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Most Americans enjoy high quality drinking water, but contamination by agricultural pesticides and disinfection byproducts is a problem for others. Check out your water supply with EWG’s National Drinking Water Database.

Sunday, June 18, 2006

 

EWG is a non-profit public health watchdog organization. We are writing to alert you that a current Society of Toxicology (SOT) member, Dr. Dennis Paustenbach, has committed a serious violation of the Society's Code of Ethics, and to strongly urge the Society to censure Dr. Paustenbach or take other decisive and appropriate disciplinary action. The Society must make clear that it will not tolerate unethical activity by its members, or risk seriously damaging its credibility.

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Testimonies & Official Correspondence
Friday, June 2, 2006

In a real-life epilogue to "Erin Brockovich," a peer-reviewed medical journal will retract a fraudulent article written and placed by a science-for-hire consulting firm whose CEO sits on a key federal toxics panel. The retraction follows a six-month internal review by the journal, prompted by an EWG investigation.

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News Release
Monday, May 22, 2006

Last Friday, FDA released results of a limited sampling of sodas the agency tested for benzene, thanks in part to the more than 4,300 signatures on EWG's benzene petition asking the agency to remove the chemical from drinks on store shelves.

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News and Analysis
Article
Thursday, April 27, 2006

Fake environmental news article about the EPA.

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Key Issues:
News and Analysis
Article
Thursday, April 13, 2006

The Albany Times-Union has a great, in-depth piece on MTBE lawsuits this week. Transcripts of Shell Oil execs thinking up clever acronyms for the toxic gasoline additive that's now in drinking water supplies across the nation have them in hot water in the courts -- and since Congress failed to pass legislation to protect polluters last year, companies could end up paying millions to clean up after themselves.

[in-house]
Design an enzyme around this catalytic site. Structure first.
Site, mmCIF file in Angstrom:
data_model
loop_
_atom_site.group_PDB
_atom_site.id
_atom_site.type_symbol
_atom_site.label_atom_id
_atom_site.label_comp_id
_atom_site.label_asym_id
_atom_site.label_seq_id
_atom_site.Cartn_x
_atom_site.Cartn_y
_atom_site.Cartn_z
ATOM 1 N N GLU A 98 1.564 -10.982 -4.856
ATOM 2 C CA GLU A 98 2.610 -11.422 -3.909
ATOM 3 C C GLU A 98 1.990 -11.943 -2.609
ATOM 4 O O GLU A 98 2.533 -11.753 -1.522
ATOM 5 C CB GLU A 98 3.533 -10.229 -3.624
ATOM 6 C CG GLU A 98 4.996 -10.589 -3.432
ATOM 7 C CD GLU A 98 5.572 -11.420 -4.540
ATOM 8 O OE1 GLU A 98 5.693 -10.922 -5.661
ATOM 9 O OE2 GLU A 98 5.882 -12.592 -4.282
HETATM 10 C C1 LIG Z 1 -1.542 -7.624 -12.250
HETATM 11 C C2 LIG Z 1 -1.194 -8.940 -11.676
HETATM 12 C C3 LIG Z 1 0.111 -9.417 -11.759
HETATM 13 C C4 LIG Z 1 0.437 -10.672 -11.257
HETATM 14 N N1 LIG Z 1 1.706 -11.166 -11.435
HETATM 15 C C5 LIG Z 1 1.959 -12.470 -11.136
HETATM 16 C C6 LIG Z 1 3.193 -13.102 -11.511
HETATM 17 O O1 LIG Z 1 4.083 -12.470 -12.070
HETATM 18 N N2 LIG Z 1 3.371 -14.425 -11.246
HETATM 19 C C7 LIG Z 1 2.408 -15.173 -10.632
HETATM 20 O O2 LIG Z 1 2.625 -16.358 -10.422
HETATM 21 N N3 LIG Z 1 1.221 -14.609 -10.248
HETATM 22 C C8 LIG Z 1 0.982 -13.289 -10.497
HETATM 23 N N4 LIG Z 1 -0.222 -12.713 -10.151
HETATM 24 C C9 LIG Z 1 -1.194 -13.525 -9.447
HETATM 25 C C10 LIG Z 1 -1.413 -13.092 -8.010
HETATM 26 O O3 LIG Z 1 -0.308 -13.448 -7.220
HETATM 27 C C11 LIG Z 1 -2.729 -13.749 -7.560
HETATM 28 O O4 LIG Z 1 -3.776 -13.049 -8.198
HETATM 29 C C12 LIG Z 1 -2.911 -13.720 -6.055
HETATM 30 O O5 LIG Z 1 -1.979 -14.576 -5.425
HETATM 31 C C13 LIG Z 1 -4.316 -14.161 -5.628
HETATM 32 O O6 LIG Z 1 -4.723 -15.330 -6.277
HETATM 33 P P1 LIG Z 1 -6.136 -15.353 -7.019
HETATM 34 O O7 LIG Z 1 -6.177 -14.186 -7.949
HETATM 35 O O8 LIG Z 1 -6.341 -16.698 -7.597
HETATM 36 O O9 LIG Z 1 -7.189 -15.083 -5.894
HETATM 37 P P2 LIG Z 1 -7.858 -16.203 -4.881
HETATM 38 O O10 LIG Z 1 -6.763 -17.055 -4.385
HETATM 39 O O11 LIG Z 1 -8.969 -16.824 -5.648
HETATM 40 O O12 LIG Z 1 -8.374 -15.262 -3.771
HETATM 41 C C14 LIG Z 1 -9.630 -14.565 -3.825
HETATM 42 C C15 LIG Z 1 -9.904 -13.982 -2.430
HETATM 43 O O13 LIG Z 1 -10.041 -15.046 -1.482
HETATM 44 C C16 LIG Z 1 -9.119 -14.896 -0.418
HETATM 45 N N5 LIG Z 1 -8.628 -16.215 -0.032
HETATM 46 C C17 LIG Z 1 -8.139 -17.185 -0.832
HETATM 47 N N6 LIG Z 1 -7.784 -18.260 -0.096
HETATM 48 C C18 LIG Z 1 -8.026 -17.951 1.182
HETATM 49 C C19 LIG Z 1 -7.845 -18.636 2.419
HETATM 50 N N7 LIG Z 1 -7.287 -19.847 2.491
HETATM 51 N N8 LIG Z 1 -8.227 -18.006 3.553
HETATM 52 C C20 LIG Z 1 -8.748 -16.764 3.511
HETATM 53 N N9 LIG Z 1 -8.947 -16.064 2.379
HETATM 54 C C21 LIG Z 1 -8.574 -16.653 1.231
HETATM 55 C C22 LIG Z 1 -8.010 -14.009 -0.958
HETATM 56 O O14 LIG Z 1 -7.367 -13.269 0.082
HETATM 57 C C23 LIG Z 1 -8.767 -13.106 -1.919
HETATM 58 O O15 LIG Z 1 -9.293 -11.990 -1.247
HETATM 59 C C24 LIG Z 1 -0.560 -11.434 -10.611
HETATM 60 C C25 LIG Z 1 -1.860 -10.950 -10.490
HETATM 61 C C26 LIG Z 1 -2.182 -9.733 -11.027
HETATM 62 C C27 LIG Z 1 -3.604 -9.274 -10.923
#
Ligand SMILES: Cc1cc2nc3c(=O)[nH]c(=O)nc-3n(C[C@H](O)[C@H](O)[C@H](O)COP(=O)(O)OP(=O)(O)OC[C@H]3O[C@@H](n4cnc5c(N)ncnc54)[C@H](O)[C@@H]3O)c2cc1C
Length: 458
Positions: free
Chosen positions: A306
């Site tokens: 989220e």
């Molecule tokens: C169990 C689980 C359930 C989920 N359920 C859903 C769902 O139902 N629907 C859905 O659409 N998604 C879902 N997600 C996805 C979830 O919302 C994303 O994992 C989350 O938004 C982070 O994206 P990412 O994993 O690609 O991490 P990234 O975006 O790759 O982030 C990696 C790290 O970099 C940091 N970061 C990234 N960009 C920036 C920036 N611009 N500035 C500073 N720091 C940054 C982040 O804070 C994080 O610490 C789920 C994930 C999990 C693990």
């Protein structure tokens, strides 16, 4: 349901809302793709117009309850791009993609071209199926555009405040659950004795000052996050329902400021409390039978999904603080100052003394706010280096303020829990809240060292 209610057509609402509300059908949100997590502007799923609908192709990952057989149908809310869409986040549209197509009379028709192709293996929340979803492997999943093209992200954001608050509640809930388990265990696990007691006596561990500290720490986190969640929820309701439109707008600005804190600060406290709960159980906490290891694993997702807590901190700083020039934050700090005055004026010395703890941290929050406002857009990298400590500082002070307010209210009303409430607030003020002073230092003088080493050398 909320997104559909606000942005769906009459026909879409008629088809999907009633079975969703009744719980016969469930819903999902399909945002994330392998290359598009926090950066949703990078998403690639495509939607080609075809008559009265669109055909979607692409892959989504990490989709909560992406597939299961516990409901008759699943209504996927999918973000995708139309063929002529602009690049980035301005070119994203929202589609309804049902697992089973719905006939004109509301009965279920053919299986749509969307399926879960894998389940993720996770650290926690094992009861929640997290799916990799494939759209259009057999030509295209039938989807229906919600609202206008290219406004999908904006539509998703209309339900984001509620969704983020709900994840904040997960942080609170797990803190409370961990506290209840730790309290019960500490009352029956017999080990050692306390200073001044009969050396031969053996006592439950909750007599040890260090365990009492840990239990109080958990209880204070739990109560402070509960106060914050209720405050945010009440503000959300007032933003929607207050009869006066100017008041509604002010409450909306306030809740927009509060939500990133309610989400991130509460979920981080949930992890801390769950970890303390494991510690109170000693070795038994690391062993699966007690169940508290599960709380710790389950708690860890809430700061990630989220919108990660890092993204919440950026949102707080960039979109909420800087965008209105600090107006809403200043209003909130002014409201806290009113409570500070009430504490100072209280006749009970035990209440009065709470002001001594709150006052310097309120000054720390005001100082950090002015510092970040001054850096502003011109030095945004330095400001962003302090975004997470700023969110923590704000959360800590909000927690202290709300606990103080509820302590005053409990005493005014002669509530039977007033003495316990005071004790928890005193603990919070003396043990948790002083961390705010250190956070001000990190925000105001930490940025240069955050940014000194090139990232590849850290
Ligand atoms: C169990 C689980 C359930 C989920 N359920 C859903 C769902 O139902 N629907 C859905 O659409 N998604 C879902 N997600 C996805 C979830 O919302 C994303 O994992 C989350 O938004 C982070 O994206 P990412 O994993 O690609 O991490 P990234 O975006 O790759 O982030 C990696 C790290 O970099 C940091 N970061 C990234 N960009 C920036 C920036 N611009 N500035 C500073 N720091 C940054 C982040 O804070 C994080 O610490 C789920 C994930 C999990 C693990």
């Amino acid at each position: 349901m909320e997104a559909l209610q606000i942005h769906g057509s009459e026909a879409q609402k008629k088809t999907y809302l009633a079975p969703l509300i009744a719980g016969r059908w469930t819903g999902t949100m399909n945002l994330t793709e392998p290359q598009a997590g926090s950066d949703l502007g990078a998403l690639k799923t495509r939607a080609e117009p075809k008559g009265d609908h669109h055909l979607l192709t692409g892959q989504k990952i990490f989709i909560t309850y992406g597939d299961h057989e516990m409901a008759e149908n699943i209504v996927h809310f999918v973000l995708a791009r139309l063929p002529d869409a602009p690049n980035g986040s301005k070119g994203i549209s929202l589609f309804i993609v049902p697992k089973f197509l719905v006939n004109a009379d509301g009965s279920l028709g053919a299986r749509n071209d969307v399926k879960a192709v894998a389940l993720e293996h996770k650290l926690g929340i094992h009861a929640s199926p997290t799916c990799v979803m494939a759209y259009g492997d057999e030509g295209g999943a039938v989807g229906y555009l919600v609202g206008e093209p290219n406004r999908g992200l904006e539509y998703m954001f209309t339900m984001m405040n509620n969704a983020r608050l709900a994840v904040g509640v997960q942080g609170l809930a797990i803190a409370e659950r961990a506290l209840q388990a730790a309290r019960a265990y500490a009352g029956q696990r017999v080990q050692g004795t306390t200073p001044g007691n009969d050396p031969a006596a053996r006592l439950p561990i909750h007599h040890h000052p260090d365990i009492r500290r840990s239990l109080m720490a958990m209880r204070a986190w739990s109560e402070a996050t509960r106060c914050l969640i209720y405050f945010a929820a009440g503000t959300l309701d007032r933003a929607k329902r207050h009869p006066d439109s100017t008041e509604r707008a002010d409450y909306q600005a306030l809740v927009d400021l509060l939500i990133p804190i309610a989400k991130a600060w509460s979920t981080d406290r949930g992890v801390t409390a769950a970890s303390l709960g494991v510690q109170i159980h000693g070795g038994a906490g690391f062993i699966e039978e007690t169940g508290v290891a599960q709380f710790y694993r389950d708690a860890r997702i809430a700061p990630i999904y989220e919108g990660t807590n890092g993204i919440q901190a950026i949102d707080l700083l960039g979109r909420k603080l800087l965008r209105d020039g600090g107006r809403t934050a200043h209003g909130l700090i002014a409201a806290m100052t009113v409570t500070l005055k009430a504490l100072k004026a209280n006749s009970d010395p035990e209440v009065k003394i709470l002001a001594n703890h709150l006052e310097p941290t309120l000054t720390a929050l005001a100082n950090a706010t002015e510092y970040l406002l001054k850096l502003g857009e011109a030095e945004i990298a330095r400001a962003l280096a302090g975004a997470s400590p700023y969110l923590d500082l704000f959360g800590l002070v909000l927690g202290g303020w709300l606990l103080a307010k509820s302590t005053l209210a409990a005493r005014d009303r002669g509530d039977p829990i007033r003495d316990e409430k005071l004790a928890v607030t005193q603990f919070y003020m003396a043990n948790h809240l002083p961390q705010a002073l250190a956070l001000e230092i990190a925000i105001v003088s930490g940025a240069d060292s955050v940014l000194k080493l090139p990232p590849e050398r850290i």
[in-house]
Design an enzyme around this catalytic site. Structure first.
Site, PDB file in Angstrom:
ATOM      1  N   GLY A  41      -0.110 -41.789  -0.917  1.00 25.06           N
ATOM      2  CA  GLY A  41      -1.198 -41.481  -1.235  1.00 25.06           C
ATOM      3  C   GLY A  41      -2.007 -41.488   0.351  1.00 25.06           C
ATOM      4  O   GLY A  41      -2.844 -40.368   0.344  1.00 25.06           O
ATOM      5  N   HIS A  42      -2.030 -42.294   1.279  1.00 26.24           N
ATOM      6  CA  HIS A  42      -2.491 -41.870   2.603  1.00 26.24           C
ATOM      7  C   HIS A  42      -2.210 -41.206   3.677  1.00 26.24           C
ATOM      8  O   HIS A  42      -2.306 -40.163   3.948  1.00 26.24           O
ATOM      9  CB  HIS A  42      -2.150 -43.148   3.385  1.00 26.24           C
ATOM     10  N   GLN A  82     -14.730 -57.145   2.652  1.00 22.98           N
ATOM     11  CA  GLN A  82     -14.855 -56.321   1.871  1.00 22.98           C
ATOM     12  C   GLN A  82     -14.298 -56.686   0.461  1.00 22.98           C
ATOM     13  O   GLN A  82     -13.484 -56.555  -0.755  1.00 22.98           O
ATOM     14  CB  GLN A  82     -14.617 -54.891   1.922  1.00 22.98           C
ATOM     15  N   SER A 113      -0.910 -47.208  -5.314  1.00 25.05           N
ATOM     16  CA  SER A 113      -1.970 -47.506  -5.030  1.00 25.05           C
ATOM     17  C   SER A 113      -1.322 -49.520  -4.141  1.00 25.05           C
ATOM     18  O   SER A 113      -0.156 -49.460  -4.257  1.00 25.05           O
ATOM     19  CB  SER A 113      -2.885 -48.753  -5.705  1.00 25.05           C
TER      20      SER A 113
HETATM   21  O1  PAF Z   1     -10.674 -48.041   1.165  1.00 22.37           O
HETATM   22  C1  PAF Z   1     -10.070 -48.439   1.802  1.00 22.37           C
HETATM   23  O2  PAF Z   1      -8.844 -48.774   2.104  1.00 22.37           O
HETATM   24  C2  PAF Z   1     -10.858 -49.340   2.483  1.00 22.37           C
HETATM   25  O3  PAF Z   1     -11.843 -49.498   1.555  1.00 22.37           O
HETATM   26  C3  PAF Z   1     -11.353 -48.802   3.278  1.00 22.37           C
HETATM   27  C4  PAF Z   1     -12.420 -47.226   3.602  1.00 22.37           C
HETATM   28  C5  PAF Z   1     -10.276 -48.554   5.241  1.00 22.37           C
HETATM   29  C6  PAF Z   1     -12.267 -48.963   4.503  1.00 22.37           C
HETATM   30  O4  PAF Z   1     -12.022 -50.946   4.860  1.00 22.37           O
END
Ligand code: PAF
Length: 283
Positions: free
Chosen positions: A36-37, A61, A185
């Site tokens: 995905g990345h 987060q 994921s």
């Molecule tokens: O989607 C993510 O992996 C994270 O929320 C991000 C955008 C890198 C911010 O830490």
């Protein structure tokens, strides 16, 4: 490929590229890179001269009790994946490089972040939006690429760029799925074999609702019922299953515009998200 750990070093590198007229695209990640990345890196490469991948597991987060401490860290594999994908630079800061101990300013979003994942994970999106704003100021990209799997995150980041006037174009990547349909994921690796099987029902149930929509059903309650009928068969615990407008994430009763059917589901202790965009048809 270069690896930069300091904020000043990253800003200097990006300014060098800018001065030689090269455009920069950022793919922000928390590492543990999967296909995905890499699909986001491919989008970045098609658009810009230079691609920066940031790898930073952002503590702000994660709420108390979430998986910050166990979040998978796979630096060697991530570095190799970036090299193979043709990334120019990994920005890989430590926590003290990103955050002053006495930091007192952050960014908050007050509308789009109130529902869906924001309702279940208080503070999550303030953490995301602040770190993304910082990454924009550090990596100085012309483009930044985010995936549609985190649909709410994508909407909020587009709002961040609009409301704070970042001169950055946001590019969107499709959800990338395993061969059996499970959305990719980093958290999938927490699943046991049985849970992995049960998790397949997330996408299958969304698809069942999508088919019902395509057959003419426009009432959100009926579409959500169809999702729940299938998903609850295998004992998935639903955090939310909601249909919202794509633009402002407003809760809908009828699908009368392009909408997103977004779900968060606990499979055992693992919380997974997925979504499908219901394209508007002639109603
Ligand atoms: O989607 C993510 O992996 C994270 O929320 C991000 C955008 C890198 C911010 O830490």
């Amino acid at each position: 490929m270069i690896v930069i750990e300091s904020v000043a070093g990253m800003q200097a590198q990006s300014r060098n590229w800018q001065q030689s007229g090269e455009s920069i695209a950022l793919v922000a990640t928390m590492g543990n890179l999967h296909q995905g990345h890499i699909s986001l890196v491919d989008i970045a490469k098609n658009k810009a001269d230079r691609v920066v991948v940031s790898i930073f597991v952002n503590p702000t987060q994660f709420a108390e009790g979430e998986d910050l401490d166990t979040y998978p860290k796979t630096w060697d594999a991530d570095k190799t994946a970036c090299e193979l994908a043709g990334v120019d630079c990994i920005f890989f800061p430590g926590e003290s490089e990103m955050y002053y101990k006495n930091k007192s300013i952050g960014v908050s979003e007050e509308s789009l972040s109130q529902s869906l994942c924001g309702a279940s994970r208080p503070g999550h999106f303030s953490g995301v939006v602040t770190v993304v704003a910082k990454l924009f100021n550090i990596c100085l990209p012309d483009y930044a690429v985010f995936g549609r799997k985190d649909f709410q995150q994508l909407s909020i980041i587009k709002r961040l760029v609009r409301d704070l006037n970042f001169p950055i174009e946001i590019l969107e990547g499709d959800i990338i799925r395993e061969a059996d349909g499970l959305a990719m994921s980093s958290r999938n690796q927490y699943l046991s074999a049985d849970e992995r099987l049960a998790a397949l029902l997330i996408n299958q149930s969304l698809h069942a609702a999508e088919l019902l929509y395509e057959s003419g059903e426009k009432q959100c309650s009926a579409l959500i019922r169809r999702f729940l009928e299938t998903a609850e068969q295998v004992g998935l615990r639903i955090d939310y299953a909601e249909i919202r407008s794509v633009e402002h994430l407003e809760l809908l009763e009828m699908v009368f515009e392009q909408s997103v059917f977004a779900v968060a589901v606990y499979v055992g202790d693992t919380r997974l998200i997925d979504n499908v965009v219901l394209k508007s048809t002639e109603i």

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Key Issues:
News and Analysis
Article
Thursday, April 6, 2006

Boys who drink water with levels of fluoride considered safe by federal guidelines are five times more likely to have a rare bone cancer than boys who drink unfluoridated water, according to a study by Harvard University scientists published in a peer-reviewed journal.

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Key Issues:
News Release
Monday, March 20, 2006

National Academy of Sciences report calls for lowering fluoride levels in drinking water.

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News Release
Friday, March 17, 2006

Massachusetts has proposed the nation's most protective limits and clean-up standards for the rocket fuel chemical perchlorate in drinking water.

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Key Issues:
News and Analysis
Article
Friday, March 3, 2006

Following a published report that the Bush Administration is holding up a study that shows most Americans carry a toxic rocket fuel chemical in their bodies at levels close to federal safety limits, Environmental Working Group (EWG) is calling for the immediate release of the study so EPA and state agencies can take steps to protect the public.

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News Release
Tuesday, February 21, 2006

AP reports that some Washington state farmers may have faked results in tests of a federal conservation program designed to reduce

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News and Analysis
Article
Tuesday, January 10, 2006